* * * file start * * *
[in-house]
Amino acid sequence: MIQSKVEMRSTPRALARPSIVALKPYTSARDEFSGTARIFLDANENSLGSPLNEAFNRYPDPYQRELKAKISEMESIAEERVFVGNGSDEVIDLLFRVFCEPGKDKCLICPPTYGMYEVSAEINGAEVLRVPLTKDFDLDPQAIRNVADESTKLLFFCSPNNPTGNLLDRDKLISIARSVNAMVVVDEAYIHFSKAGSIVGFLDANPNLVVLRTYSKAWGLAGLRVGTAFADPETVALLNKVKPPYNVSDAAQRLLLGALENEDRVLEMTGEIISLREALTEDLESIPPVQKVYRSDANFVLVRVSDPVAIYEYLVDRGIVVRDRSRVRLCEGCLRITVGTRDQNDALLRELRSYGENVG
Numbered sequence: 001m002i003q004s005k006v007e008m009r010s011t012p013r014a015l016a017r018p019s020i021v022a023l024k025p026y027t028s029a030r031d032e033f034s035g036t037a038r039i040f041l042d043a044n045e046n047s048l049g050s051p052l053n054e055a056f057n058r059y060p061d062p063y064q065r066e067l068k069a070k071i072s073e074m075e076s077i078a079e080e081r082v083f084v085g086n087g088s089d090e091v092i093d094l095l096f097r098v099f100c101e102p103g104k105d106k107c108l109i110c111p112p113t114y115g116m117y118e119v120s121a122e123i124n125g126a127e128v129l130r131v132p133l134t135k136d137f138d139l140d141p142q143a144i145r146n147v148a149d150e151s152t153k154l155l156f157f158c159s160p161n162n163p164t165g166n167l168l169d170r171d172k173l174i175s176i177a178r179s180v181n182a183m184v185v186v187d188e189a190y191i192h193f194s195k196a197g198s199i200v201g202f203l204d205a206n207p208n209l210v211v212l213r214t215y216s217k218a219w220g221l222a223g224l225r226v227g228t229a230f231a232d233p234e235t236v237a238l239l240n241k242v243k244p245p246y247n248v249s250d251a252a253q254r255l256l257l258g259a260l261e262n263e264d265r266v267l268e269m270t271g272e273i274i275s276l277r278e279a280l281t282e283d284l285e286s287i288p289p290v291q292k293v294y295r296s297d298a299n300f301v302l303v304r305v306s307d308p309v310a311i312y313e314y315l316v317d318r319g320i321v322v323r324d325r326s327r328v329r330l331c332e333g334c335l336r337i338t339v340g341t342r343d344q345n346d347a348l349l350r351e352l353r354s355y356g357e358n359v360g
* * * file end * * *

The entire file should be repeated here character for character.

[in-house]
Amino acid sequence: MIQSKVEMRSTPRALARPSIVALKPYTSARDEFSGTARIFLDANENSLGSPLNEAFNRYPDPYQRELKAKISEMESIAEERVFVGNGSDEVIDLLFRVFCEPGKDKCLICPPTYGMYEVSAEINGAEVLRVPLTKDFDLDPQAIRNVADESTKLLFFCSPNNPTGNLLDRDKLISIARSVNAMVVVDEAYIHFSKAGSIVGFLDANPNLVVLRTYSKAWGLAGLRVGTAFADPETVALLNKVKPPYNVSDAAQRLLLGALENEDRVLEMTGEIISLREALTEDLESIPPVQKVYRSDANFVLVRVSDPVAIYEYLVDRGIVVRDRSRVRLCEGCLRITVGTRDQNDALLRELRSYGENVG
Numbered sequence: 001m002i003q004s005k006v007e008m009r010s011t012p013r014a015l016a017r018p019s020i021v022a023l024k025p026y027t028s029a030r031d032e033f034s035g036t037a038r039i040f041l042d043a044n045e046n047s048l049g050s051p052l053n054e055a056f057n058r059y060p061d062p063y064q065r066e067l068k069a070k071i072s073e074m075e076s077i078a079e080e081r082v083f084v085g086n087g088s089d090e091v092i093d094l095l096f097r098v099f100c101e102p103g104k105d106k107c108l109i110c111p112p113t114y115g116m117y118e119v120s121a122e123i124n125g126a127e128v129l130r131v132p133l134t135k136d137f138d139l140d141p142q143a144i145r146n147v148a149d150e151s152t153k154l155l156f157f158c159s160p161n162n163p164t165g166n167l168l169d170r171d172k173l174i175s176i177a178r179s180v181n182a183m184v185v186v187d188e189a190y191i192h193f194s195k196a197g198s199i200v201g202f203l204d205a206n207p208n209l210v211v212l213r214t215y216s217k218a219w220g221l222a223g224l225r226v227g228t229a230f231a232d233p234e235t236v237a238l239l240n241k242v243k244p245p246y247n248v249s250d251a252a253q254r255l256l257l258g259a260l261e262n263e264d265r266v267l268e269m270t271g272e273i274i275s276l277r278e279a280l281t282e283d284l285e286s287i288p289p290v291q292k293v294y295r296s297d298a299n300f301v302l303v304r305v306s307d308p309v310a311i312y313e314y315l316v317d318r319g320i321v322v323r324d325r326s327r328v329r330l331c332e333g334c335l336r337i338t339v340g341t342r343d344q345n346d347a348l349l350r351e352l353r354s355y356g357e358n359v360g